Battery tabs have been getting more conductive and thicker over the last several years, as customers keep seeking better performance and higher currents from their battery packs. These thicker battery tabs are primarily made of nickel, but nickel-plated copper tabs are also being introduced due to their higher conductivity. We have had success welding thicker tabs, but have found that the nickel-plated copper tabs can be very difficult to weld. In any case, adding slots and projections to the tab design is required as they focus the current and minimize current shunting.
Welding success also depends in part upon the nature of the battery itself. Those with thick caps can handle the high force and current needed to weld the thicker tabs. If the battery caps are too thin, you may deform or blow through them when welding very thick, conductive tabs. In summary, welding the thicker, more conductive tabs used in today’s more efficient, higher capacity battery packs can be challenging, but welding success can be achieved by designing the parts correctly and selecting equipment that is best suited to the application.
There are many joining requirements in battery manufacturing, including both internal and external connections and can or fill-plug sealing. Laser welding is often used to join the internal electrode materials that make up the internals of the cell. These are typically constructed from thin copper and aluminium foils. The remaining joints, including the connections inside the can and the external terminal tab connections, are suited to both resistance and laser welding. The decision to use one technology over another is determined both by the type of weld required and production requirements, such as high volume and material compatibility.
A battery pack in an EV consists of a large number of individual battery cells that are held together mechanically and connected electrically. Making those mechanical and electrical connections poses several challenges, including the joining of multiple thin, highly conductive materials of varying thicknesses and potential damage through thermal or mechanical shock.
These factors drive the range of techniques for constructing a battery pack, from resistive and ultrasonic welding to micro arc welders, highpower lasers and even high magnetic fields.
The choice also varies with the type of cell, whether it be cylindrical, pouch or prismatic. The different cell types have different mechanical requirements, but they all need to be protected against high temperatures during the construction process.
The key aim for the electrical connections is to produce a joint with a low electrical resistance to reduce the energy loss through resistance and thermal heating, and so maintain the efficiency of the pack. This also helps to keep the temperature of the pack as low as possible during operation.
A high-temperature process such as resistive welding can expose the cell to enough heat to melt or disturb the safety vent, compromise seals or cause internal shorting in the cell. It can also create more fatigue in the cell, compromising the long-term reliability.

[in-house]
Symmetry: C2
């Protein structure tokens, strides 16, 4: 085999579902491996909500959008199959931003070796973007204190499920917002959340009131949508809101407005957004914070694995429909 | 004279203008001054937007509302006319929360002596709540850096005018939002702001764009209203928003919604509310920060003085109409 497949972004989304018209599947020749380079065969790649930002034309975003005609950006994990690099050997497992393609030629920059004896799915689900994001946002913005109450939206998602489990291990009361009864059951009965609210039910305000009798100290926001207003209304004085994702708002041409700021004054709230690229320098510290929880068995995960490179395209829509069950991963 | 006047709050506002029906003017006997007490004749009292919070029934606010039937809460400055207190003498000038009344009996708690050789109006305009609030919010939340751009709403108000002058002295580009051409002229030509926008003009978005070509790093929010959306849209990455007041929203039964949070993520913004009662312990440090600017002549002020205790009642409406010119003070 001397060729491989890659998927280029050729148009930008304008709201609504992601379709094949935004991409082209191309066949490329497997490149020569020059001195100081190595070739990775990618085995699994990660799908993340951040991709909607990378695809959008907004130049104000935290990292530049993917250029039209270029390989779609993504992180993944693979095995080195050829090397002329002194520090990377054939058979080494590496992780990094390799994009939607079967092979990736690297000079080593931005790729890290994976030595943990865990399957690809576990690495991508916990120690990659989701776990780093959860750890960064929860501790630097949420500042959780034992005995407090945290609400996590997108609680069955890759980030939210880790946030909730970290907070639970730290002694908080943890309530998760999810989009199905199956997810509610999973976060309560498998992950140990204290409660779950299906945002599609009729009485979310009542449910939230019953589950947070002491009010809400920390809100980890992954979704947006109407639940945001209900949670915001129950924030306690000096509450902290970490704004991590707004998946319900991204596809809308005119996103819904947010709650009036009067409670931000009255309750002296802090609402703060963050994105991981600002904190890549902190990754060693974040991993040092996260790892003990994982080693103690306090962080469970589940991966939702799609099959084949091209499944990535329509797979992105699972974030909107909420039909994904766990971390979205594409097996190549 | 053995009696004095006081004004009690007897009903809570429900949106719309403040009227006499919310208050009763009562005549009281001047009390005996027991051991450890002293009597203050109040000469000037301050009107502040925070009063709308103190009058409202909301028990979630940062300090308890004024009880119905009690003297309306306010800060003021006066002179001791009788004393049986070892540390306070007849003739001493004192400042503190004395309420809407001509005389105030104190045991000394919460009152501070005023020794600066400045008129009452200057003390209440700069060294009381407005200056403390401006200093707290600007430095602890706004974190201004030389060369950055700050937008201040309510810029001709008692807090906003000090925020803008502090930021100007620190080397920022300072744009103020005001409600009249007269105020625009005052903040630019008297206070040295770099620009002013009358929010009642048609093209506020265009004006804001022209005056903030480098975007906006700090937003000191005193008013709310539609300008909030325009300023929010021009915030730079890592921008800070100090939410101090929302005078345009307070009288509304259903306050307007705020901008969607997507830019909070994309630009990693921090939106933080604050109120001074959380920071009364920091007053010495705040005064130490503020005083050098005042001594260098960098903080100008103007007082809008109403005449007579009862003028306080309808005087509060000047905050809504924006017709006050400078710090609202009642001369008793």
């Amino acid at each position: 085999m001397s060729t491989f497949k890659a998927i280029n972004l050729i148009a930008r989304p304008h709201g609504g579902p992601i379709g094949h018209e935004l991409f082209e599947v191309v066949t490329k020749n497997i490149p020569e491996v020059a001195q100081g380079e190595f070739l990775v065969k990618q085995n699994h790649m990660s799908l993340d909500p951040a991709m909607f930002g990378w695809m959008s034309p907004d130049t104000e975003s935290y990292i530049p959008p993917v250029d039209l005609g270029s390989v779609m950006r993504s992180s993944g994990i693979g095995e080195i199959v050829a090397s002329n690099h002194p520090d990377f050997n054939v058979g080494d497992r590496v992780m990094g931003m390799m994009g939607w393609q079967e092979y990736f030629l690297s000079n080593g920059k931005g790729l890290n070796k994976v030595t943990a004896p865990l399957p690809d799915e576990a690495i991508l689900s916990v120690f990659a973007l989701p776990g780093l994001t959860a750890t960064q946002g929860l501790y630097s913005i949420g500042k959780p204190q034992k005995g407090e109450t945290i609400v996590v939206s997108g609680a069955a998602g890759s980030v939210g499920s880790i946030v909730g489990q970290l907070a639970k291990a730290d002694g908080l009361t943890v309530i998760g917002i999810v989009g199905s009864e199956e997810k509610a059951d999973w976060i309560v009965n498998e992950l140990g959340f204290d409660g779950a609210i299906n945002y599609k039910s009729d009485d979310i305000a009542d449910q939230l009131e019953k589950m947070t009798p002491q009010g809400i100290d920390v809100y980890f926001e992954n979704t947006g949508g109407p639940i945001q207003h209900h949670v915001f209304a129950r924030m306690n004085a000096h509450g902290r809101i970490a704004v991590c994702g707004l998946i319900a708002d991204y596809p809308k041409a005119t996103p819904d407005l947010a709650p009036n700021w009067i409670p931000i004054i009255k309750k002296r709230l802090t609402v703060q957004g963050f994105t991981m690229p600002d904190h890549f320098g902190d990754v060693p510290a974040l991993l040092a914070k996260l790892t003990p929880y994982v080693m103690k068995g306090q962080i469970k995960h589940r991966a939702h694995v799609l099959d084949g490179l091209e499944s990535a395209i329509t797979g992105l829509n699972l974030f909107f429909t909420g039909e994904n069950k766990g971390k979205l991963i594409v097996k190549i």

A battery pack has to use different materials, and this creates a challenge for joining dissimilar materials. It can create brittle intermetallic layers with higher electrical resistance and a brittle nature compared with the parent materials. Highly reflective surfaces can be a challenge for processes such as laser welding, while surface coatings or oxide layers can be a challenge for resistive or ultrasonic bonding.
The joint strength is of course vital, and a stronger bond takes longer to create with many techniques. However, the bonding has to be created with minimal vibration that can be transferred into the cells – a key challenge for ultrasonic systems and a big advance fort laser Welding.
When planning an automated or semi automated solution based on our Wobble cube, the primary factors to consider are loading/unloading, motion and tooling that ﬁt the planned production ﬂow and production rate.
Loading and unloading can range from manual to conveyer or pick-and-place, motion options center around whether the laser head or the part will be moved, with options including XYZ tables and gantry’s or robotic manipulators. For tooling, the laser is non contact, so tooling of the parts can be achieved either by using a ﬁxture that the batteries and tabs are loaded into, or using actuated tooling that is deployed prior to the welding process.
The most suitable technology and process for battery pack manufacture relates to a number of factors including the pack size, thickness and material of the tab itself, and the necessary production rate. Laser welding processes enable high quality volume production, and, of the two joining technologies today used, spot welding and laser welding, the selection is usually made based on the speciﬁc requirements in each situation, but laser welding is taking over very fast from the spot welding, especially with the excelent wobble laser welding technology.